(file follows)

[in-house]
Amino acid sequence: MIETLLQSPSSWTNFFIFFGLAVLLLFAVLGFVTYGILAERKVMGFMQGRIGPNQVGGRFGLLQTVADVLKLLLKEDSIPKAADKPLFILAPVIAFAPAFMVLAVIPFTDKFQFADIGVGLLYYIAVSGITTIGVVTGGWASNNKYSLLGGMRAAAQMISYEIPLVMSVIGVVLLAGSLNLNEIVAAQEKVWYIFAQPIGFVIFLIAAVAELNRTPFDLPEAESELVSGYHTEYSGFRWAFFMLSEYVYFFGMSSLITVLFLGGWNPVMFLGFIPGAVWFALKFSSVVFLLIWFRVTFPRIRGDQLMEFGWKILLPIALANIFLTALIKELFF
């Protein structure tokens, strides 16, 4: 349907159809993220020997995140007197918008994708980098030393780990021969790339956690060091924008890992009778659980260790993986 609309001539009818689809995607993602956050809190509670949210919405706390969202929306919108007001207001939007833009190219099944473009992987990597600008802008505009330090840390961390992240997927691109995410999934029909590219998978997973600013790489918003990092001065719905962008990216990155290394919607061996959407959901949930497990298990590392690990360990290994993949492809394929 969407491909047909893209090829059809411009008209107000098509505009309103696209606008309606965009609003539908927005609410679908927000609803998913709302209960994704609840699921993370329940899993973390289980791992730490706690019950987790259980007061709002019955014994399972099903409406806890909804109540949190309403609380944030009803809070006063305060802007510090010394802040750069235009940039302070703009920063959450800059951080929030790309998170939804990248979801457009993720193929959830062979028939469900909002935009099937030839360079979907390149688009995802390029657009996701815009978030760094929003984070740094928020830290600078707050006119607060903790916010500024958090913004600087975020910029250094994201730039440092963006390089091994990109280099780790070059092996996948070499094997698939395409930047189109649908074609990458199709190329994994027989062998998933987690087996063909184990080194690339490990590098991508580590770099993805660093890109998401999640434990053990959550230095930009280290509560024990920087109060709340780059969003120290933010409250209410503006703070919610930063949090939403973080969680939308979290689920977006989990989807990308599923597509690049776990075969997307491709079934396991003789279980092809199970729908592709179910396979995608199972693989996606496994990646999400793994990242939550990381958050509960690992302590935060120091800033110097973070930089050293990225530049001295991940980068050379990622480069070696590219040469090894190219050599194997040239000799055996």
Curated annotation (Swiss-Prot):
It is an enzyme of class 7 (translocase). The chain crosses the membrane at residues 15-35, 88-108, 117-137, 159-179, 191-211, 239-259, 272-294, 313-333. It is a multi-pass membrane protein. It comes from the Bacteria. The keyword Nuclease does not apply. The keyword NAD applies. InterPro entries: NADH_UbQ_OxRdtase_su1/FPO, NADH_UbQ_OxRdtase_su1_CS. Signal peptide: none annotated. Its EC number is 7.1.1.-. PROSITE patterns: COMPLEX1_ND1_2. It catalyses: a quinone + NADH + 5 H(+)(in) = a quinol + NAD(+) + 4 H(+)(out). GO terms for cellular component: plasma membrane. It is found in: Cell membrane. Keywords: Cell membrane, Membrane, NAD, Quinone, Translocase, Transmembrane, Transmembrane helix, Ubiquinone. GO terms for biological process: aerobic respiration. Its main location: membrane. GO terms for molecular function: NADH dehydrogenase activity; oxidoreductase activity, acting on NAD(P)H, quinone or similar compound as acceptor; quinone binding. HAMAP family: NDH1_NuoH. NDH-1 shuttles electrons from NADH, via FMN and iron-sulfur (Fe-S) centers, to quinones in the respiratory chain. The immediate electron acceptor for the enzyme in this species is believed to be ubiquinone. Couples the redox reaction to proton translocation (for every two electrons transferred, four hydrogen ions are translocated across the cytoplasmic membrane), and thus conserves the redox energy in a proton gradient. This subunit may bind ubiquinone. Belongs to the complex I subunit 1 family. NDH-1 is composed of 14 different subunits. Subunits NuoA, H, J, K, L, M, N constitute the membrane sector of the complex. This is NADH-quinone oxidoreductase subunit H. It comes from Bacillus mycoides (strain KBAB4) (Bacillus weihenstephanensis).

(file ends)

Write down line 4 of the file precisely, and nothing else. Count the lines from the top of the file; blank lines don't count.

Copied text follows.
Curated annotation (Swiss-Prot):